Millennials are on the wave of a trend boomers think is “the height of rudeness”.
No one likes a queue jumper. And everyone hates being stuck in a line.
And yet, according to TripAdvisor, 80 per cent of travellers surveyed worldwide agree that they know they’ll be stuck in line while waiting to see major attractions across the globe.
Unless, of course, they book ahead.
Tourists can wait up to four hours to enter the Vatican, or an hour to see the Mona Lisa. And worse, they are stuck with hundreds of others trying to see the same thing.
TripAdvisor research shows that we waste between two and three days a year waiting in line.
The research, backed by ‘Professor of Queuing’ Adrian Furham (he’s an actual professor), revealed that half of those surveyed hate lining up – but do it anyway.
Of those surveyed, 69 per cent of Australians hate lining up, but are prepared to do it. We’re not alone, as 78 per cent of Spanish tourists do the same, as do 70 per cent Brits, 77 per cent of the French, 72 per cent US travellers and 71 per cent of the Italians.
The only solution to not line up is to cut in line. Yet when asked if these tourists had ever done so, only 27 per cent of the British said yes, as did 29 per cent from the US, 40 per cent of the French and 31 per cent Australian tourists. The Spanish, at 56 per cent, are the most likely to jump the queue.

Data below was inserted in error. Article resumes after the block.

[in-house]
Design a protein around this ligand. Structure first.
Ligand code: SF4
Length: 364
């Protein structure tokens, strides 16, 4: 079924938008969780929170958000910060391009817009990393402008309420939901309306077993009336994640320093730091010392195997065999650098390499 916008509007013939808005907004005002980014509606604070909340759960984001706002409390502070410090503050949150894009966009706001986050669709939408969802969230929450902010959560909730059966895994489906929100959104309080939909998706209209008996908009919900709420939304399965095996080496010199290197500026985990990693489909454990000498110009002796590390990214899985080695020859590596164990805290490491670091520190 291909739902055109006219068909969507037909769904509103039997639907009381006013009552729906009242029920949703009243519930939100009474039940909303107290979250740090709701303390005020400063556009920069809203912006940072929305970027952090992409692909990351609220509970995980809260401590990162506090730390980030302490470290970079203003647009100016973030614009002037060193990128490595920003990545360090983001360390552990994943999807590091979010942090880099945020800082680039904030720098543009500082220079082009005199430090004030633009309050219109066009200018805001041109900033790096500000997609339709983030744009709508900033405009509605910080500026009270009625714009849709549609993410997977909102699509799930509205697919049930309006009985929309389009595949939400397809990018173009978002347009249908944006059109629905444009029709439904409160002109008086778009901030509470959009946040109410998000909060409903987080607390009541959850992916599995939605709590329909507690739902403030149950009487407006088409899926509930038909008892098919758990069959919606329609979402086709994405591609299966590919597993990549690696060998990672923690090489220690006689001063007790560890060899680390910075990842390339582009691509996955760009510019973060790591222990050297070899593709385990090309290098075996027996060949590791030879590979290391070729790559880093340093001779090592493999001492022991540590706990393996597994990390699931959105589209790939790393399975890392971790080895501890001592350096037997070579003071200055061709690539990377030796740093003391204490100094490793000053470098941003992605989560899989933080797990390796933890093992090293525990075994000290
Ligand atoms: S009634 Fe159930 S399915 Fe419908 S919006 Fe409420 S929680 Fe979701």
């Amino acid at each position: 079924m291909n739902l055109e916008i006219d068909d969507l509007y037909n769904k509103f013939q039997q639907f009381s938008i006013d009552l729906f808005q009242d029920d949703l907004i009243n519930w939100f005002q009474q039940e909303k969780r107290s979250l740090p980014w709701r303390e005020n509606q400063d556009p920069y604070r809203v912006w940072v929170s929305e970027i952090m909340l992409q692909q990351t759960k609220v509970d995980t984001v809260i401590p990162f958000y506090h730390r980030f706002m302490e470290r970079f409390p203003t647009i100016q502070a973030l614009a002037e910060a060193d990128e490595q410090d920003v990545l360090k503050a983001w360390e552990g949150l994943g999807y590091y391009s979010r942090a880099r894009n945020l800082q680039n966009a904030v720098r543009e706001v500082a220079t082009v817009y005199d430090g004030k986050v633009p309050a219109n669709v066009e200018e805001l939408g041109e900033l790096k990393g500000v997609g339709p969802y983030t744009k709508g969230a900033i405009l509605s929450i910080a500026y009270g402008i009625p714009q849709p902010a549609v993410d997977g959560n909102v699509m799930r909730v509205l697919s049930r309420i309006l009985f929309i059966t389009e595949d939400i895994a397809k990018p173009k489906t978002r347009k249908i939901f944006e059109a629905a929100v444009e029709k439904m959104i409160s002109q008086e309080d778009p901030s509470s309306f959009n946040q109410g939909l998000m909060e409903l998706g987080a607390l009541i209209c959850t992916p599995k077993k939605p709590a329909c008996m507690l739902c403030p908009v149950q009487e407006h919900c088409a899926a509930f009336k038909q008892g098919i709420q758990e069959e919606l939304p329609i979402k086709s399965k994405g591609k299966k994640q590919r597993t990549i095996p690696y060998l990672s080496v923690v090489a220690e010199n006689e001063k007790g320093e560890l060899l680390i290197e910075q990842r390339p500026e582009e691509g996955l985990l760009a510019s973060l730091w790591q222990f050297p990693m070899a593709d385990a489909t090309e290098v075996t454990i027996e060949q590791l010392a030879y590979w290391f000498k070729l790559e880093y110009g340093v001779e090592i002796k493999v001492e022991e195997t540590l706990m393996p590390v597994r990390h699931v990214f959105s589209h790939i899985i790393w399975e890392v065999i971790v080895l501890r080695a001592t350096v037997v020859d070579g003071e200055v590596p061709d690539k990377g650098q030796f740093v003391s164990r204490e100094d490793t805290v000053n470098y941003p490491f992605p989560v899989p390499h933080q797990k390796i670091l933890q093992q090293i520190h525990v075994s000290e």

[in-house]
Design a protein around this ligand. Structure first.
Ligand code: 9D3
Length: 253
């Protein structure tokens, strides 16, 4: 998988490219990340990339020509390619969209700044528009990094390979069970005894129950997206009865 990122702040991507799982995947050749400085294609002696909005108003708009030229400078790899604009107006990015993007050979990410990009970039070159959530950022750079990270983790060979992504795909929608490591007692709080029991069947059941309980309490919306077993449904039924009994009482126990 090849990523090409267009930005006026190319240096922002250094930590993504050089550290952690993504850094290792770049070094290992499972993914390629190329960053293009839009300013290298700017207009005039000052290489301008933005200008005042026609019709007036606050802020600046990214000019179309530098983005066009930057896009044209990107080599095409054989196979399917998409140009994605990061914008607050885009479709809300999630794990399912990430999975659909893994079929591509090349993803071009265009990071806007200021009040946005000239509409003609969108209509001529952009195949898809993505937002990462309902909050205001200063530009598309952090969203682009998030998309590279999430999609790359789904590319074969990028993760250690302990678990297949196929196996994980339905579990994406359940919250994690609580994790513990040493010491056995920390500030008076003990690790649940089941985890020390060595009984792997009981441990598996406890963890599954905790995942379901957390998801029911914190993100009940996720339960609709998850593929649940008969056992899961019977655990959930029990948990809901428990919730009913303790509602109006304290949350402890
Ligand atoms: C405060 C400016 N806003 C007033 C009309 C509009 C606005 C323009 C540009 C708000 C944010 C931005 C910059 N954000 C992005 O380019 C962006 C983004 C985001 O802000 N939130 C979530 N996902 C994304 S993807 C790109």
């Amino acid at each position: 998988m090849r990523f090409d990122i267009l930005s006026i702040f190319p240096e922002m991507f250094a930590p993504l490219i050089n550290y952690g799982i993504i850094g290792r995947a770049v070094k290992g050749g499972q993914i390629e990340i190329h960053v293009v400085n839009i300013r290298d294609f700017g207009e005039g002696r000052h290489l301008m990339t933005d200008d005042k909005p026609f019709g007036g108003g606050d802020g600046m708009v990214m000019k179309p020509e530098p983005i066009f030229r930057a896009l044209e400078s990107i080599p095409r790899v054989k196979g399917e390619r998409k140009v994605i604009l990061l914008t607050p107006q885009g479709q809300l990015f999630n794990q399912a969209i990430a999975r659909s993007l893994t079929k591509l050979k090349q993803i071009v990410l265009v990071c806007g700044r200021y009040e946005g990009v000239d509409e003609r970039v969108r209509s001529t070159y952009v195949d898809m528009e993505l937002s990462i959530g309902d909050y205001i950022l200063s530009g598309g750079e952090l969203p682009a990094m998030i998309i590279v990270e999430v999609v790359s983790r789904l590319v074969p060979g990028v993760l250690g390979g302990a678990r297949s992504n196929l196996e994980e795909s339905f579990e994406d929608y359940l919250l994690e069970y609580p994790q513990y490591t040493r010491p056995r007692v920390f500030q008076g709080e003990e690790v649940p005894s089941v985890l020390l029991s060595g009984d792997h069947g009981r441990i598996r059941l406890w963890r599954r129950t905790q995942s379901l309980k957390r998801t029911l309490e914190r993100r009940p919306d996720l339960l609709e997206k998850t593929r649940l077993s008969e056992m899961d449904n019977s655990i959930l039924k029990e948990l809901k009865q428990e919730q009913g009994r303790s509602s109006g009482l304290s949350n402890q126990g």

While almost seven in 10 Aussies said they’ve never cut in line, millennial tourists are way more likely to do so than baby boomers (42 per cent millennials versus 17 per cent boomers).
Around 75 per cent of baby boomers consider jumping the queue is “the height of rudeness”, compared to just 38 percent of millennials, who think it’s fine.
Common reactions to queue jumping range from a mere “tut-tut” from the Italians, to killing them with kindness, which the Yanks tend to do. Funnily enough, the Spanish, who are most likely to jump a queue, are also the ones with one of the harshest reactions. They say they will call out a queue jumper and berate them in front of the rest of the line.
Oh, and don’t mess with the French, because they say they’ll apply ‘brute force’ to anyone who gets in their way.
Aussies, on the other hand, simply let their blood boil.
The research was set up to promote TripAdvisor’s ‘Skip-the-Line’ ticket, which aims to help travellers avoid queues to around 100,000 attractions worldwide.
Find out how to book a Skip-the-Line ticket at www.tripadvisor.com
Do you mind waiting in line? What do you think of queue jumpers? How do you handle them?
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